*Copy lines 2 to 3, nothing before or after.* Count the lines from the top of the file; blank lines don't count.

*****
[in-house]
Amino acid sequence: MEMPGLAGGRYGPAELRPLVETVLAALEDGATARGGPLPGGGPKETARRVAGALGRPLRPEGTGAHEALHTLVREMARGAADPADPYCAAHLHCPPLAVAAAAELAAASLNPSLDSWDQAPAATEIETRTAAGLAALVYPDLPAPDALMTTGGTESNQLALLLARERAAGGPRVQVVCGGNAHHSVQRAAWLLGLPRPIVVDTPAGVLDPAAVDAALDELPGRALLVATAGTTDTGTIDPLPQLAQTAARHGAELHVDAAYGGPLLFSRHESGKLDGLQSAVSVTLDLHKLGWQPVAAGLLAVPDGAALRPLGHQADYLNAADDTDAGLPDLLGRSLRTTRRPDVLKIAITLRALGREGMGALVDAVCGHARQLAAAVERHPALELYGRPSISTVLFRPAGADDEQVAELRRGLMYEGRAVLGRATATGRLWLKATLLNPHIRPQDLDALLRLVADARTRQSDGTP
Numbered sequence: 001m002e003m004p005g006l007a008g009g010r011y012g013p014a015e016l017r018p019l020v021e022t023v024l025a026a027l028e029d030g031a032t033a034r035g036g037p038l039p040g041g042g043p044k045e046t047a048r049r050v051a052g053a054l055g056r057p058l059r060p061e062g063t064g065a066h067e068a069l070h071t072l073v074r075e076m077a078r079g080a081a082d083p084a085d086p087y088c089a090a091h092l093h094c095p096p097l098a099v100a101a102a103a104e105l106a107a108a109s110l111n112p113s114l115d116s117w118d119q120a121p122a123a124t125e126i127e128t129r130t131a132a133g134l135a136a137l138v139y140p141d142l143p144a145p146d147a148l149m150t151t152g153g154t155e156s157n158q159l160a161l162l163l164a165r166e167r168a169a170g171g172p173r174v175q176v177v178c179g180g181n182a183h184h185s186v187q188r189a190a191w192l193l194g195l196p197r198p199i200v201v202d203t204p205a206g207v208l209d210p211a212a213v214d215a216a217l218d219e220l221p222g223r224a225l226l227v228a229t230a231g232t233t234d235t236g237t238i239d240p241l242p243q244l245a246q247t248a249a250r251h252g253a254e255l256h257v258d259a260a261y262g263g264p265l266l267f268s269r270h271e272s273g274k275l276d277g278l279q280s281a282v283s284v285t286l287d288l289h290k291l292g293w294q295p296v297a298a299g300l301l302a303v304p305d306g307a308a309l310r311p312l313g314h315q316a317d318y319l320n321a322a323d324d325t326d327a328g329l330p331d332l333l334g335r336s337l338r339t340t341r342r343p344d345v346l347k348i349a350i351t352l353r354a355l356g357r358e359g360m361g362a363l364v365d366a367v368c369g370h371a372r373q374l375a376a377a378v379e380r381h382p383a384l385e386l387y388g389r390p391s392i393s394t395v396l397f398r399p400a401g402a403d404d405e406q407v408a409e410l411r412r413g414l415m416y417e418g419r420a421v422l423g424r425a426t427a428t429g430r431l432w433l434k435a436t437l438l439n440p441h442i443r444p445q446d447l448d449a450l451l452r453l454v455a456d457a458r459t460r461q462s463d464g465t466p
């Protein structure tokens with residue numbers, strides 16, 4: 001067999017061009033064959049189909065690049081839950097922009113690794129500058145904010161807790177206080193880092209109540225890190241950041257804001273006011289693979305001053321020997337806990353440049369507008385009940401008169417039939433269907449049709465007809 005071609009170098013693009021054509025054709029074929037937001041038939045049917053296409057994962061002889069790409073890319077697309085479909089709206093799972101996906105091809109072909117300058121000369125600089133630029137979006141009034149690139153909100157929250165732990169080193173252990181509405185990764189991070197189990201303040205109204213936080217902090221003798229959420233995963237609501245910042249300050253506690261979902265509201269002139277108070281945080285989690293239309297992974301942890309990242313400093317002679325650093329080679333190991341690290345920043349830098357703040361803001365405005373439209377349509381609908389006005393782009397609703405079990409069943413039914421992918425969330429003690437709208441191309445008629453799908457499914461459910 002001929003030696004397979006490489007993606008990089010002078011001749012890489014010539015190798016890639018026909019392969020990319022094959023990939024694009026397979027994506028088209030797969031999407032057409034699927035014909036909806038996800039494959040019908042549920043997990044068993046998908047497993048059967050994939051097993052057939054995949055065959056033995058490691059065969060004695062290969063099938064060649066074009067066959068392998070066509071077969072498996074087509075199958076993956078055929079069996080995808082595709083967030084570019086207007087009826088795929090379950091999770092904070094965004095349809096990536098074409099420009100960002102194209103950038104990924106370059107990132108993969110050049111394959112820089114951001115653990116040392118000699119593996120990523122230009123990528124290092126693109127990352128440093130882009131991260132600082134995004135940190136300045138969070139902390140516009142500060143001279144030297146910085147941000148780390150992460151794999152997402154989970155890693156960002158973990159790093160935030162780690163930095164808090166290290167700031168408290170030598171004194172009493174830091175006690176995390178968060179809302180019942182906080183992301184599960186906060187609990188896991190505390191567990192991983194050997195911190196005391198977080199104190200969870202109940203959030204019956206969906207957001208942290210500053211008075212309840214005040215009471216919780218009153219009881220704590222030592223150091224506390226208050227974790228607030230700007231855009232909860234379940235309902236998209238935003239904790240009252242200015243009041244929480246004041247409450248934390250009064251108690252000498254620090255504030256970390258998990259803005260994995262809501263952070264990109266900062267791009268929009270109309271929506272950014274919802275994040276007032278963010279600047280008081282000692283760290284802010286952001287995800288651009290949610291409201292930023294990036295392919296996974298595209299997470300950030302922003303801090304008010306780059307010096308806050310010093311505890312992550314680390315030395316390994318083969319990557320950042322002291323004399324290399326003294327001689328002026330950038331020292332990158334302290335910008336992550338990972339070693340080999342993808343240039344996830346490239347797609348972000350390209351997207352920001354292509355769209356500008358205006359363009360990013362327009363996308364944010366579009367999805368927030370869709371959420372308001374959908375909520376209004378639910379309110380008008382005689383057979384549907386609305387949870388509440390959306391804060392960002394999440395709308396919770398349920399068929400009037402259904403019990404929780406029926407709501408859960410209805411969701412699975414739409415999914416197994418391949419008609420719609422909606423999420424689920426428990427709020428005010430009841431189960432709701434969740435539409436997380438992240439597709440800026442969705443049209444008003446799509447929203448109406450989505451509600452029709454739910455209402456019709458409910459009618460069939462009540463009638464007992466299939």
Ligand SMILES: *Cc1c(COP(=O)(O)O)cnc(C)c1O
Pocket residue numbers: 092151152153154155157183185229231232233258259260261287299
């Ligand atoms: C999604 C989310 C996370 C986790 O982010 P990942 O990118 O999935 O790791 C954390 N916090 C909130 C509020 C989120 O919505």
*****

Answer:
Amino acid sequence: MEMPGLAGGRYGPAELRPLVETVLAALEDGATARGGPLPGGGPKETARRVAGALGRPLRPEGTGAHEALHTLVREMARGAADPADPYCAAHLHCPPLAVAAAAELAAASLNPSLDSWDQAPAATEIETRTAAGLAALVYPDLPAPDALMTTGGTESNQLALLLARERAAGGPRVQVVCGGNAHHSVQRAAWLLGLPRPIVVDTPAGVLDPAAVDAALDELPGRALLVATAGTTDTGTIDPLPQLAQTAARHGAELHVDAAYGGPLLFSRHESGKLDGLQSAVSVTLDLHKLGWQPVAAGLLAVPDGAALRPLGHQADYLNAADDTDAGLPDLLGRSLRTTRRPDVLKIAITLRALGREGMGALVDAVCGHARQLAAAVERHPALELYGRPSISTVLFRPAGADDEQVAELRRGLMYEGRAVLGRATATGRLWLKATLLNPHIRPQDLDALLRLVADARTRQSDGTP
Numbered sequence: 001m002e003m004p005g006l007a008g009g010r011y012g013p014a015e016l017r018p019l020v021e022t023v024l025a026a027l028e029d030g031a032t033a034r035g036g037p038l039p040g041g042g043p044k045e046t047a048r049r050v051a052g053a054l055g056r057p058l059r060p061e062g063t064g065a066h067e068a069l070h071t072l073v074r075e076m077a078r079g080a081a082d083p084a085d086p087y088c089a090a091h092l093h094c095p096p097l098a099v100a101a102a103a104e105l106a107a108a109s110l111n112p113s114l115d116s117w118d119q120a121p122a123a124t125e126i127e128t129r130t131a132a133g134l135a136a137l138v139y140p141d142l143p144a145p146d147a148l149m150t151t152g153g154t155e156s157n158q159l160a161l162l163l164a165r166e167r168a169a170g171g172p173r174v175q176v177v178c179g180g181n182a183h184h185s186v187q188r189a190a191w192l193l194g195l196p197r198p199i200v201v202d203t204p205a206g207v208l209d210p211a212a213v214d215a216a217l218d219e220l221p222g223r224a225l226l227v228a229t230a231g232t233t234d235t236g237t238i239d240p241l242p243q244l245a246q247t248a249a250r251h252g253a254e255l256h257v258d259a260a261y262g263g264p265l266l267f268s269r270h271e272s273g274k275l276d277g278l279q280s281a282v283s284v285t286l287d288l289h290k291l292g293w294q295p296v297a298a299g300l301l302a303v304p305d306g307a308a309l310r311p312l313g314h315q316a317d318y319l320n321a322a323d324d325t326d327a328g329l330p331d332l333l334g335r336s337l338r339t340t341r342r343p344d345v346l347k348i349a350i351t352l353r354a355l356g357r358e359g360m361g362a363l364v365d366a367v368c369g370h371a372r373q374l375a376a377a378v379e380r381h382p383a384l385e386l387y388g389r390p391s392i393s394t395v396l397f398r399p400a401g402a403d404d405e406q407v408a409e410l411r412r413g414l415m416y417e418g419r420a421v422l423g424r425a426t427a428t429g430r431l432w433l434k435a436t437l438l439n440p441h442i443r444p445q446d447l448d449a450l451l452r453l454v455a456d457a458r459t460r461q462s463d464g465t466p